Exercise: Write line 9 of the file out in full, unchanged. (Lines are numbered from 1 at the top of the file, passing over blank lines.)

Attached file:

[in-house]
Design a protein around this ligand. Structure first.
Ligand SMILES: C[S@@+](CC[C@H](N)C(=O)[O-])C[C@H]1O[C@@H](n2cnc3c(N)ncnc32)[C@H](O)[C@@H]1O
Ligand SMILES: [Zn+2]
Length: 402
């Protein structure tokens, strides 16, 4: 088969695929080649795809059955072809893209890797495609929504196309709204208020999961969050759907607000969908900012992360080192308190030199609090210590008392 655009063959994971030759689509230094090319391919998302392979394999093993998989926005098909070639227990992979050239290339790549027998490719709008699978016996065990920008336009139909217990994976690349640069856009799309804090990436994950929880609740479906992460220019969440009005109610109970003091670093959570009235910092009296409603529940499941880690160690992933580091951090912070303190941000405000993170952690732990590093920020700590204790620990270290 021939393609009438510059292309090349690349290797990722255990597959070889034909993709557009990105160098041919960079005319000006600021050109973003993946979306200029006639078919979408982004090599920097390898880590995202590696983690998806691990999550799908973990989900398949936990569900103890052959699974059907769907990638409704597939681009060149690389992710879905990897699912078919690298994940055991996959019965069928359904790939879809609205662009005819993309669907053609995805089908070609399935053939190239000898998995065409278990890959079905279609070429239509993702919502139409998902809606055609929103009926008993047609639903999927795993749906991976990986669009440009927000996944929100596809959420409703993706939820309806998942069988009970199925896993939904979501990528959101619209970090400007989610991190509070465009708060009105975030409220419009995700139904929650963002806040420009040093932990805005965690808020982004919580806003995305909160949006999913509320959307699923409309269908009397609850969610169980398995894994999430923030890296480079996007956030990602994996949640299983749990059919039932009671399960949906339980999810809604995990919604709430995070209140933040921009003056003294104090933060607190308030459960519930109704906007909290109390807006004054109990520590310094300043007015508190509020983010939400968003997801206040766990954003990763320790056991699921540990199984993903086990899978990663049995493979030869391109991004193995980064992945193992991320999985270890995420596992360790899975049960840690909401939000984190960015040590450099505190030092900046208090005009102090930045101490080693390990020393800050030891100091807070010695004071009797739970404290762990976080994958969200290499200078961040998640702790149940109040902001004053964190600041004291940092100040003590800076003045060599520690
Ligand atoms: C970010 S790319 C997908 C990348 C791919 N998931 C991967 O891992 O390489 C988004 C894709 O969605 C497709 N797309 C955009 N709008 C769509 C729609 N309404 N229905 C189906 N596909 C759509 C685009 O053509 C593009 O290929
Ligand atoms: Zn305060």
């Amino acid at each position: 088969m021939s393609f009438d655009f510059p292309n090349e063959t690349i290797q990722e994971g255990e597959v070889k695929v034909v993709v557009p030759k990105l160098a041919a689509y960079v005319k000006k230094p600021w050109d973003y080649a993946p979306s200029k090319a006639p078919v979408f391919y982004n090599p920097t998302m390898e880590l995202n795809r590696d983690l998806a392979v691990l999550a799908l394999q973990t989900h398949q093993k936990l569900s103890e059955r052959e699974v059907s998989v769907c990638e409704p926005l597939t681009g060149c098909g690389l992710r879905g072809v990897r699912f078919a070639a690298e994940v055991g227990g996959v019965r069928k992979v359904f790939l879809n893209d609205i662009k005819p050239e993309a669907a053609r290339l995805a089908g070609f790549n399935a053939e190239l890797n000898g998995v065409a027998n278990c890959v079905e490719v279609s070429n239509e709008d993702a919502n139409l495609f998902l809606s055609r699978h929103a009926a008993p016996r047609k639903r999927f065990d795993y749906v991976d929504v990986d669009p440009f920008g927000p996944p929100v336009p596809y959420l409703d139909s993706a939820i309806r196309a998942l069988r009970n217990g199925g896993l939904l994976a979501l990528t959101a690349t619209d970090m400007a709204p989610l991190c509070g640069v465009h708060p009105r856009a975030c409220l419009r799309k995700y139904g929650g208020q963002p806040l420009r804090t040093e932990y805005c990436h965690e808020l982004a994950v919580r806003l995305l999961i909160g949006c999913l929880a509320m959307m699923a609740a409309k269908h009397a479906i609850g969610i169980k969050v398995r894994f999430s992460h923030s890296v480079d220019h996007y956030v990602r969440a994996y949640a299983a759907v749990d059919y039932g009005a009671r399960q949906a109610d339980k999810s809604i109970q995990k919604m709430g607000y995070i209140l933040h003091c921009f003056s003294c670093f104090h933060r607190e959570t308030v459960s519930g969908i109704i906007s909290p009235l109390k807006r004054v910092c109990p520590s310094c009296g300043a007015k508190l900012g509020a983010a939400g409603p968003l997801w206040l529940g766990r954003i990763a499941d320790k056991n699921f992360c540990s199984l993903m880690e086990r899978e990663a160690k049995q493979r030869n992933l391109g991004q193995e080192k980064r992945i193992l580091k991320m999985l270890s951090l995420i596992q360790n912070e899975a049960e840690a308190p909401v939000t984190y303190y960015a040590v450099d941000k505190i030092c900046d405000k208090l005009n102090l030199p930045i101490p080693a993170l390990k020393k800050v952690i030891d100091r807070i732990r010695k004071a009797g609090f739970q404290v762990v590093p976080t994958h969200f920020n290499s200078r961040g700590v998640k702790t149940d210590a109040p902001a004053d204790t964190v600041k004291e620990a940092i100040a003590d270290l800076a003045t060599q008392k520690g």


């Amino acid at each position: 088969m021939s393609f009438d655009f510059p292309n090349e063959t690349i290797q990722e994971g255990e597959v070889k695929v034909v993709v557009p030759k990105l160098a041919a689509y960079v005319k000006k230094p600021w050109d973003y080649a993946p979306s200029k090319a006639p078919v979408f391919y982004n090599p920097t998302m390898e880590l995202n795809r590696d983690l998806a392979v691990l999550a799908l394999q973990t989900h398949q093993k936990l569900s103890e059955r052959e699974v059907s998989v769907c990638e409704p926005l597939t681009g060149c098909g690389l992710r879905g072809v990897r699912f078919a070639a690298e994940v055991g227990g996959v019965r069928k992979v359904f790939l879809n893209d609205i662009k005819p050239e993309a669907a053609r290339l995805a089908g070609f790549n399935a053939e190239l890797n000898g998995v065409a027998n278990c890959v079905e490719v279609s070429n239509e709008d993702a919502n139409l495609f998902l809606s055609r699978h929103a009926a008993p016996r047609k639903r999927f065990d795993y749906v991976d929504v990986d669009p440009f920008g927000p996944p929100v336009p596809y959420l409703d139909s993706a939820i309806r196309a998942l069988r009970n217990g199925g896993l939904l994976a979501l990528t959101a690349t619209d970090m400007a709204p989610l991190c509070g640069v465009h708060p009105r856009a975030c409220l419009r799309k995700y139904g929650g208020q963002p806040l420009r804090t040093e932990y805005c990436h965690e808020l982004a994950v919580r806003l995305l999961i909160g949006c999913l929880a509320m959307m699923a609740a409309k269908h009397a479906i609850g969610i169980k969050v398995r894994f999430s992460h923030s890296v480079d220019h996007y956030v990602r969440a994996y949640a299983a759907v749990d059919y039932g009005a009671r399960q949906a109610d339980k999810s809604i109970q995990k919604m709430g607000y995070i209140l933040h003091c921009f003056s003294c670093f104090h933060r607190e959570t308030v459960s519930g969908i109704i906007s909290p009235l109390k807006r004054v910092c109990p520590s310094c009296g300043a007015k508190l900012g509020a983010a939400g409603p968003l997801w206040l529940g766990r954003i990763a499941d320790k056991n699921f992360c540990s199984l993903m880690e086990r899978e990663a160690k049995q493979r030869n992933l391109g991004q193995e080192k980064r992945i193992l580091k991320m999985l270890s951090l995420i596992q360790n912070e899975a049960e840690a308190p909401v939000t984190y303190y960015a040590v450099d941000k505190i030092c900046d405000k208090l005009n102090l030199p930045i101490p080693a993170l390990k020393k800050v952690i030891d100091r807070i732990r010695k004071a009797g609090f739970q404290v762990v590093p976080t994958h969200f920020n290499s200078r961040g700590v998640k702790t149940d210590a109040p902001a004053d204790t964190v600041k004291e620990a940092i100040a003590d270290l800076a003045t060599q008392k520690g």